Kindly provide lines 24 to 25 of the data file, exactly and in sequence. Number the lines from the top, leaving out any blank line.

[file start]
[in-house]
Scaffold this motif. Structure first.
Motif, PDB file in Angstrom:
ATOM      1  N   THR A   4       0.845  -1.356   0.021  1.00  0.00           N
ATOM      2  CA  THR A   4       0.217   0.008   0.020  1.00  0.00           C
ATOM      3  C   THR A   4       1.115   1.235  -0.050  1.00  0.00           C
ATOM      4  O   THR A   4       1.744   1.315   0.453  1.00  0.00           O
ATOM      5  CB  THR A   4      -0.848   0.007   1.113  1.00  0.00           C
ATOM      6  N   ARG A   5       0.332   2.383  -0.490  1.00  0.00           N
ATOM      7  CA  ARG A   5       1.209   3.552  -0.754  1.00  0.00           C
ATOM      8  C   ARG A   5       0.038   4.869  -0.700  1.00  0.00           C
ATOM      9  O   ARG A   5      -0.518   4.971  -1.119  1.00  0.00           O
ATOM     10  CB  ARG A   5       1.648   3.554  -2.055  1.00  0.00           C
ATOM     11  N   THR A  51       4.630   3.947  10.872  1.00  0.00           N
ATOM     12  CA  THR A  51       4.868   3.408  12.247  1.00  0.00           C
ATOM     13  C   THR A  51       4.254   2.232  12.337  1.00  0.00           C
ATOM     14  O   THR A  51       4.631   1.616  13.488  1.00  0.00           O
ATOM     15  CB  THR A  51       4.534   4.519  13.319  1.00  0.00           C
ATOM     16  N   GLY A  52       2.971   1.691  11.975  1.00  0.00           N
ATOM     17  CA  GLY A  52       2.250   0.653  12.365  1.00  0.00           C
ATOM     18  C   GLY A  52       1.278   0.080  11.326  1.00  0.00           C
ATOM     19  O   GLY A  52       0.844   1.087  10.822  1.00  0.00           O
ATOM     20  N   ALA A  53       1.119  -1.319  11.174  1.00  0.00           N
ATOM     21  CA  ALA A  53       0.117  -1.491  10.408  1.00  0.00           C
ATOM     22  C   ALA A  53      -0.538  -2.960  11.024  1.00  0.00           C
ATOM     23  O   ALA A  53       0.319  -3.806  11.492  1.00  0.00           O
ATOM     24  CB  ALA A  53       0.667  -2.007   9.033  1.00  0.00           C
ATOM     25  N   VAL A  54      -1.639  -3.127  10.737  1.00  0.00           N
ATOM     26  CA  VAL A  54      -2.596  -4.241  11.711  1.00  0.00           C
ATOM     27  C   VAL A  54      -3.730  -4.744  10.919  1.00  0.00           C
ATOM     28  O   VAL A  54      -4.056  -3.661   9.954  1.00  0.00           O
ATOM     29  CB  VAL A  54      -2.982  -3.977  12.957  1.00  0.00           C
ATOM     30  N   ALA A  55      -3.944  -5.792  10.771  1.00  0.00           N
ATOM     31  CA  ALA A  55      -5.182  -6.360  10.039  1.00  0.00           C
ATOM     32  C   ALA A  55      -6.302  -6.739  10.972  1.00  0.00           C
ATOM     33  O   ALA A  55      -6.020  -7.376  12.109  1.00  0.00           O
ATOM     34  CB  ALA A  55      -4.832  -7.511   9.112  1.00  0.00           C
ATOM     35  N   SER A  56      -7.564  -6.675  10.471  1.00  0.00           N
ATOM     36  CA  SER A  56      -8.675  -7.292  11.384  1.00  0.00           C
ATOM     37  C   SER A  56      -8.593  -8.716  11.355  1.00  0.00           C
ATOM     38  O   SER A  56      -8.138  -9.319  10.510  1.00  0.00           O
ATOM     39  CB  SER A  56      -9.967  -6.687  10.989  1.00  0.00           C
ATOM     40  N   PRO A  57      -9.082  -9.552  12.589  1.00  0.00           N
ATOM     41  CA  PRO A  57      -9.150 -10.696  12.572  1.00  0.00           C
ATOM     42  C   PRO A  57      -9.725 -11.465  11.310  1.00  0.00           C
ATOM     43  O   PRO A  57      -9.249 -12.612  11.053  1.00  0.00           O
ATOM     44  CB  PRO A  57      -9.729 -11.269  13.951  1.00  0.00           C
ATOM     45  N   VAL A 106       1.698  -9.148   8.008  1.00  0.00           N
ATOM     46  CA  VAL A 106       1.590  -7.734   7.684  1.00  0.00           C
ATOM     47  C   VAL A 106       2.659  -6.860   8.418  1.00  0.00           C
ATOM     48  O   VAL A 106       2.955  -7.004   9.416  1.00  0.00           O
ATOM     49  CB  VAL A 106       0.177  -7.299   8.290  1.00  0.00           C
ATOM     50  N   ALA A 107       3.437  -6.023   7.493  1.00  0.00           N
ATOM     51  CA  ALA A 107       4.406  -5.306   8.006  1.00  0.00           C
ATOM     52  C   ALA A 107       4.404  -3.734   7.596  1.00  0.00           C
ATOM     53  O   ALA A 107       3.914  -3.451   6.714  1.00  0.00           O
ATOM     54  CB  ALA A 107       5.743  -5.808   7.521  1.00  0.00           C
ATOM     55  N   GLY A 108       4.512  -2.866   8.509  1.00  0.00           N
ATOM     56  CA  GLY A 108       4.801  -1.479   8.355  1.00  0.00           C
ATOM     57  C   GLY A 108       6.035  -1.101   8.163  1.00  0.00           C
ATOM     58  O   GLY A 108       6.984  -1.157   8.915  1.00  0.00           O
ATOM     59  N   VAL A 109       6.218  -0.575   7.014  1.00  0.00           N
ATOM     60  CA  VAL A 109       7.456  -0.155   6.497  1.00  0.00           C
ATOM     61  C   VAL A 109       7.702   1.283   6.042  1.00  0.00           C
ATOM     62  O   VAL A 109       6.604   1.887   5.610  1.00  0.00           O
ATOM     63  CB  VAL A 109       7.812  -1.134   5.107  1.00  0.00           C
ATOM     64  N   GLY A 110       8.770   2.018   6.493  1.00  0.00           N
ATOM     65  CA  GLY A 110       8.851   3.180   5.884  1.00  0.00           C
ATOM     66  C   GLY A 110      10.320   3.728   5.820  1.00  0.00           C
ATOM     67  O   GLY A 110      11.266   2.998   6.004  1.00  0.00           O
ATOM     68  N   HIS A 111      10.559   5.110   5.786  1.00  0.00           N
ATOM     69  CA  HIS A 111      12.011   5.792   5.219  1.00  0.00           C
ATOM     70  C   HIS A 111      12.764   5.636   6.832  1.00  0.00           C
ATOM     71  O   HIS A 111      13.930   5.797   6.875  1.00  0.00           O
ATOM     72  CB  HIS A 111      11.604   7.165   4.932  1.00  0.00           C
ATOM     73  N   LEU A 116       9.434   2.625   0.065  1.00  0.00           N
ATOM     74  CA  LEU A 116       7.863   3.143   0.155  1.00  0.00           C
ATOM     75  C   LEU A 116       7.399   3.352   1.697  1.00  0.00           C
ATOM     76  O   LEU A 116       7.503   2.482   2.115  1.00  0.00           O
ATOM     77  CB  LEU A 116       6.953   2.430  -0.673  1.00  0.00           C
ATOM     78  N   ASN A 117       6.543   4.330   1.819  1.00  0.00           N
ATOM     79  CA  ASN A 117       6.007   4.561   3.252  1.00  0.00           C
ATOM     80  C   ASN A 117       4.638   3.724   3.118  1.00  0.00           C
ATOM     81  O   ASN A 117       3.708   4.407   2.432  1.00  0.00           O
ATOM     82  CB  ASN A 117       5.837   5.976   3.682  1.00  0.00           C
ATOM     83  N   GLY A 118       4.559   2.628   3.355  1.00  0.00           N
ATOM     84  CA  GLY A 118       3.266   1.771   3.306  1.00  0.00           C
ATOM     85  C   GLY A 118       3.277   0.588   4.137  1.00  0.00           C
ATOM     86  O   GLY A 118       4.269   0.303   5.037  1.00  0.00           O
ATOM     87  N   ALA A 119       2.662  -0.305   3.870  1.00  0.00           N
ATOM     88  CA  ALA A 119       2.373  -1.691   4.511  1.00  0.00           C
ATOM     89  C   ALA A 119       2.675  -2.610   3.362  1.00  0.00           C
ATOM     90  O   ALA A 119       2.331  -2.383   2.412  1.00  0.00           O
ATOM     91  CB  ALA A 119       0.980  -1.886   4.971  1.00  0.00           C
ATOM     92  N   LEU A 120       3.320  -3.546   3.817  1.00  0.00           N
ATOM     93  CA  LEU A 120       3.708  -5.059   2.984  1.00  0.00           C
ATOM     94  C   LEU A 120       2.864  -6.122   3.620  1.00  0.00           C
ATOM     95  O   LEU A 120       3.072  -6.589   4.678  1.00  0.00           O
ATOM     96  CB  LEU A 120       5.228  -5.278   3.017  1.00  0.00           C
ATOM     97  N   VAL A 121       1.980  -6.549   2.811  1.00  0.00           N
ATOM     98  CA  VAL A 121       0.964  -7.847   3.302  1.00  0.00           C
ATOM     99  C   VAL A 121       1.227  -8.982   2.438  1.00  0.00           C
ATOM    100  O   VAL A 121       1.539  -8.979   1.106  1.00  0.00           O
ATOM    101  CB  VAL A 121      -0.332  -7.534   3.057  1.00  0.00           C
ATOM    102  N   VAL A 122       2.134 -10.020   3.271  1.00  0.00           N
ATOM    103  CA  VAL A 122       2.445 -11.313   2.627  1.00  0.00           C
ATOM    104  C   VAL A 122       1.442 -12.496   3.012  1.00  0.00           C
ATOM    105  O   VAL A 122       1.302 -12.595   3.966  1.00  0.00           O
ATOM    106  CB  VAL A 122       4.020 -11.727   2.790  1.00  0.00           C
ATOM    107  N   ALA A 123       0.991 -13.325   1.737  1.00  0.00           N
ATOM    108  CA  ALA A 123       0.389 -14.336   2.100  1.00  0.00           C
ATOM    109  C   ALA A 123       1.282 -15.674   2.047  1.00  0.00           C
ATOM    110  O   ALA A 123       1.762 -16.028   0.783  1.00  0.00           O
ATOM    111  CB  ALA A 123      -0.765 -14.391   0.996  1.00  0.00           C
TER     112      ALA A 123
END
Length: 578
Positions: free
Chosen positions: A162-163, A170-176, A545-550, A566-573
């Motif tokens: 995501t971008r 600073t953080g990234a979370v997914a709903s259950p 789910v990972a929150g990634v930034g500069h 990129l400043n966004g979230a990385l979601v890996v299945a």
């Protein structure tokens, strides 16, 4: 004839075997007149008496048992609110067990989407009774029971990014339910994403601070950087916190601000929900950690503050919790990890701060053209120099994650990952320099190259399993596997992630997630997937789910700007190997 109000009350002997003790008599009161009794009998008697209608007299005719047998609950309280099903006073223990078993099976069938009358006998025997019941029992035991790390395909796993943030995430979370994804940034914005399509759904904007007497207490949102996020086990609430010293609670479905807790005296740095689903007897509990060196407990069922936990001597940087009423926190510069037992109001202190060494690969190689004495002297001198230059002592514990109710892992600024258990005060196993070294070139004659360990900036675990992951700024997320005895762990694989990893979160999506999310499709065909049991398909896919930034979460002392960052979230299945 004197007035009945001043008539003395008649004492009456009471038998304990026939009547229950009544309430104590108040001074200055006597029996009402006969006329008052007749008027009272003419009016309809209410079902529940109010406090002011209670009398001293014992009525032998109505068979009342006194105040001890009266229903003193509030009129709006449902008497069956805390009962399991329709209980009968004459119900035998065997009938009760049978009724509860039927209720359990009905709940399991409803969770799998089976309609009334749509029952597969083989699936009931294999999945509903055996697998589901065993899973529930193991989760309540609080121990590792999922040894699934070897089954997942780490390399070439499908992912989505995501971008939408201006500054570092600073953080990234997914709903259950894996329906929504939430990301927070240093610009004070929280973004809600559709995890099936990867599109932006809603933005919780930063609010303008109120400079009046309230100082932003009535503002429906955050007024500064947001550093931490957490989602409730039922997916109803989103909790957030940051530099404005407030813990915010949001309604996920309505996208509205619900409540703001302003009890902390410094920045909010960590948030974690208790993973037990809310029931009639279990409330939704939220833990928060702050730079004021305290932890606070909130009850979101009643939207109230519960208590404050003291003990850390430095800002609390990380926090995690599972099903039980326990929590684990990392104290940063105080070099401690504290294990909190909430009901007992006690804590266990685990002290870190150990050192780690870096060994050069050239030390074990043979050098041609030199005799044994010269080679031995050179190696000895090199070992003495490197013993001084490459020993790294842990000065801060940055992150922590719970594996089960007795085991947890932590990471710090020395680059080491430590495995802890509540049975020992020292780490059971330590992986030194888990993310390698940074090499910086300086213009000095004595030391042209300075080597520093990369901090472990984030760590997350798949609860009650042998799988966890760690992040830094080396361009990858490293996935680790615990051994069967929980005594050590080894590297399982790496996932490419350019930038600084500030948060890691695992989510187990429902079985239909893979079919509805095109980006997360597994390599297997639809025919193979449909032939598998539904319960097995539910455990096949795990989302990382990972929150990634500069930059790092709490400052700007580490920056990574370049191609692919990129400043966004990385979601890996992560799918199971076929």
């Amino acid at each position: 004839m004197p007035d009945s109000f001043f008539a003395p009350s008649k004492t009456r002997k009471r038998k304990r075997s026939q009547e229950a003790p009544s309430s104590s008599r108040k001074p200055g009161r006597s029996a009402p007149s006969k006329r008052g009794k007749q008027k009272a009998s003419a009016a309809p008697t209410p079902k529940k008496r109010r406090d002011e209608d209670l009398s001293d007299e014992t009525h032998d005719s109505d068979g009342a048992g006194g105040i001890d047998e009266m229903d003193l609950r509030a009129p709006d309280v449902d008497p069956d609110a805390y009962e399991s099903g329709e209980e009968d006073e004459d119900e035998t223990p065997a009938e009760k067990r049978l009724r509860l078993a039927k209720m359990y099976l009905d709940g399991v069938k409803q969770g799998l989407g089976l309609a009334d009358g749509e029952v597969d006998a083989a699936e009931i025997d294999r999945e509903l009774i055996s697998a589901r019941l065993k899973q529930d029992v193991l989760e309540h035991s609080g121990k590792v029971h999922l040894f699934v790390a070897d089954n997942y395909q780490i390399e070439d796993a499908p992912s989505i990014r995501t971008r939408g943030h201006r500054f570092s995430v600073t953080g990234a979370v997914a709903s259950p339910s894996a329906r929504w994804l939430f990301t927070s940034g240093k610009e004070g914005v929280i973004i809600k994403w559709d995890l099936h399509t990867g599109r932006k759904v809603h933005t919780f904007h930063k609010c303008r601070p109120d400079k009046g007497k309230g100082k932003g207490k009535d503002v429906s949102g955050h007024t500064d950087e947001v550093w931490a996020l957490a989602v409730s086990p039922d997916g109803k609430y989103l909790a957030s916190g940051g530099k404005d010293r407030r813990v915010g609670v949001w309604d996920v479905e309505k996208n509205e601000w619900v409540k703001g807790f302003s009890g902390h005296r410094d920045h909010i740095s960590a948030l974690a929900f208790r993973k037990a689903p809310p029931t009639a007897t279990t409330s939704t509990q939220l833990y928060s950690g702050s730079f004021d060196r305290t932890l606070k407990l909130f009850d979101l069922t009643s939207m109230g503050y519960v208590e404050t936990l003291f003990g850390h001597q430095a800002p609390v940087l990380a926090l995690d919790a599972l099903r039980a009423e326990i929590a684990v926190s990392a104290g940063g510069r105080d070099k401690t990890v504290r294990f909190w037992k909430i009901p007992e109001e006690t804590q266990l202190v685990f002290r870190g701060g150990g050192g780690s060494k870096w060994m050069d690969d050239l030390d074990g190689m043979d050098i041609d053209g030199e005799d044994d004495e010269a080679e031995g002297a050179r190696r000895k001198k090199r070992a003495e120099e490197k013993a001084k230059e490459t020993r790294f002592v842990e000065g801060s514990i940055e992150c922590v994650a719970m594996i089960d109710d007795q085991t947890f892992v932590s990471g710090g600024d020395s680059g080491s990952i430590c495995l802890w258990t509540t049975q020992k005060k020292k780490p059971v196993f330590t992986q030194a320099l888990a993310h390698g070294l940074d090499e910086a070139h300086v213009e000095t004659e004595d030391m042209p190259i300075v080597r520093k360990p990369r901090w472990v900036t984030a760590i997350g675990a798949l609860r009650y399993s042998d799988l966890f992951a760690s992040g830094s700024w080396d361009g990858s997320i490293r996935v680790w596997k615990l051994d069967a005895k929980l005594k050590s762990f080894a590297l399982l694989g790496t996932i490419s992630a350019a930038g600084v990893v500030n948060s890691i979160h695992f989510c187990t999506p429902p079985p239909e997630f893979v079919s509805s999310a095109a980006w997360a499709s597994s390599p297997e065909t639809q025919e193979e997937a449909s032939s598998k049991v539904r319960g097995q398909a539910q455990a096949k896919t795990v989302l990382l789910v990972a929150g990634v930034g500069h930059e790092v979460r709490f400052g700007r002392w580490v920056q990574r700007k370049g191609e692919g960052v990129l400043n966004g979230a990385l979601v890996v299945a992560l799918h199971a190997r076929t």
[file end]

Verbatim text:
ATOM     21  CA  ALA A  53       0.117  -1.491  10.408  1.00  0.00           C
ATOM     22  C   ALA A  53      -0.538  -2.960  11.024  1.00  0.00           C